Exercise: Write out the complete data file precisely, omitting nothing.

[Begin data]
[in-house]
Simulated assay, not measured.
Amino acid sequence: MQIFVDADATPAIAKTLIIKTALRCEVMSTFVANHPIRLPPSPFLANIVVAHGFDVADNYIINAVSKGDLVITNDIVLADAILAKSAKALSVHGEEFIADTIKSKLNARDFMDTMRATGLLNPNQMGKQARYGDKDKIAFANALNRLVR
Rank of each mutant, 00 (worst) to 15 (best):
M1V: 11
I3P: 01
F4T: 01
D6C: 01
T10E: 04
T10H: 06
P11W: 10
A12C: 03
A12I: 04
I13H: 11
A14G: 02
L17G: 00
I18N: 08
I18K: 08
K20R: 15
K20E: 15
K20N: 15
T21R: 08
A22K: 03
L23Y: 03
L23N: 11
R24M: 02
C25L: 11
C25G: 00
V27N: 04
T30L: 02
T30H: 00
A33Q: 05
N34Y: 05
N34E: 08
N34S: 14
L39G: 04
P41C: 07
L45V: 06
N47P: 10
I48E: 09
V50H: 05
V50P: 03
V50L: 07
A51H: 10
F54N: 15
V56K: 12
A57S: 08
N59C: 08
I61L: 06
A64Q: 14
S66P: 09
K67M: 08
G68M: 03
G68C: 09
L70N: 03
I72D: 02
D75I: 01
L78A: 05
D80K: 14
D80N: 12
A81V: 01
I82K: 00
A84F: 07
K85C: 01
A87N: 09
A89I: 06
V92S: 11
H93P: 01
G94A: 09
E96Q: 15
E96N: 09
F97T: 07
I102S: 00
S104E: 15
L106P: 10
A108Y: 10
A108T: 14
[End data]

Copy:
[in-house]
Simulated assay, not measured.
Amino acid sequence: MQIFVDADATPAIAKTLIIKTALRCEVMSTFVANHPIRLPPSPFLANIVVAHGFDVADNYIINAVSKGDLVITNDIVLADAILAKSAKALSVHGEEFIADTIKSKLNARDFMDTMRATGLLNPNQMGKQARYGDKDKIAFANALNRLVR
Rank of each mutant, 00 (worst) to 15 (best):
M1V: 11
I3P: 01
F4T: 01
D6C: 01
T10E: 04
T10H: 06
P11W: 10
A12C: 03
A12I: 04
I13H: 11
A14G: 02
L17G: 00
I18N: 08
I18K: 08
K20R: 15
K20E: 15
K20N: 15
T21R: 08
A22K: 03
L23Y: 03
L23N: 11
R24M: 02
C25L: 11
C25G: 00
V27N: 04
T30L: 02
T30H: 00
A33Q: 05
N34Y: 05
N34E: 08
N34S: 14
L39G: 04
P41C: 07
L45V: 06
N47P: 10
I48E: 09
V50H: 05
V50P: 03
V50L: 07
A51H: 10
F54N: 15
V56K: 12
A57S: 08
N59C: 08
I61L: 06
A64Q: 14
S66P: 09
K67M: 08
G68M: 03
G68C: 09
L70N: 03
I72D: 02
D75I: 01
L78A: 05
D80K: 14
D80N: 12
A81V: 01
I82K: 00
A84F: 07
K85C: 01
A87N: 09
A89I: 06
V92S: 11
H93P: 01
G94A: 09
E96Q: 15
E96N: 09
F97T: 07
I102S: 00
S104E: 15
L106P: 10
A108Y: 10
A108T: 14